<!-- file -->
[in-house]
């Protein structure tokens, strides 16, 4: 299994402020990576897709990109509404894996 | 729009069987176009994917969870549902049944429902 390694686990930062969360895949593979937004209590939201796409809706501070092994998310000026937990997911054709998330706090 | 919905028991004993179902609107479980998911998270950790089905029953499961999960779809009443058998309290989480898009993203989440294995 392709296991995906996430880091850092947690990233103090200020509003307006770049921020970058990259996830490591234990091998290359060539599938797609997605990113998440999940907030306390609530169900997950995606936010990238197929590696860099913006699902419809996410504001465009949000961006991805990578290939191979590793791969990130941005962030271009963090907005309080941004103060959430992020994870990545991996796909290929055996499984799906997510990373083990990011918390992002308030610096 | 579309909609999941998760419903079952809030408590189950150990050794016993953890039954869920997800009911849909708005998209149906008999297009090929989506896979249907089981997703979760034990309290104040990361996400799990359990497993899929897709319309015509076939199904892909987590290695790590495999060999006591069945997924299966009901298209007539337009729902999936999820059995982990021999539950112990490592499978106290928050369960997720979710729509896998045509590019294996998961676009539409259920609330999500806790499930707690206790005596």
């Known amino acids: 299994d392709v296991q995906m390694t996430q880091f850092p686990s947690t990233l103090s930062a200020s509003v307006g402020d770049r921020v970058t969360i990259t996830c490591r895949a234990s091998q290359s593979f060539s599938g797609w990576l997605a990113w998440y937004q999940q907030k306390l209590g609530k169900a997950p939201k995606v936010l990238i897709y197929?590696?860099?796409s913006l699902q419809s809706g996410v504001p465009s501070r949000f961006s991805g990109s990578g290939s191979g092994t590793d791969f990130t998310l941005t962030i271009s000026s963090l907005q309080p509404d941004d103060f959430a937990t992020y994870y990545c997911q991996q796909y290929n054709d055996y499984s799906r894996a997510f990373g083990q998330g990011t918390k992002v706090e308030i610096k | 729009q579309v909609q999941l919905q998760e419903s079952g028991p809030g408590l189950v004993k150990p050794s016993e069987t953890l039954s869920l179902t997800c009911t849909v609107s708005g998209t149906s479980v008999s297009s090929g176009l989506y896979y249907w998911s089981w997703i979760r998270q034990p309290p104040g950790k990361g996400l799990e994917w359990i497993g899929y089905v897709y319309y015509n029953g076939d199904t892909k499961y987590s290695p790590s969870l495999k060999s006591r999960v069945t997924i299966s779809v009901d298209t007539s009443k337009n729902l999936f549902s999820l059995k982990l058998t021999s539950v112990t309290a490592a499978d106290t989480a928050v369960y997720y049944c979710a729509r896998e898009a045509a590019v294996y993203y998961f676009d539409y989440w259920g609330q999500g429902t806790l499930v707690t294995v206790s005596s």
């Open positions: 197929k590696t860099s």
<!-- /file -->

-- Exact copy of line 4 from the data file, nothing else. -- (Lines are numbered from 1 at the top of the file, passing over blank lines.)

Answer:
């Open positions: 197929k590696t860099s």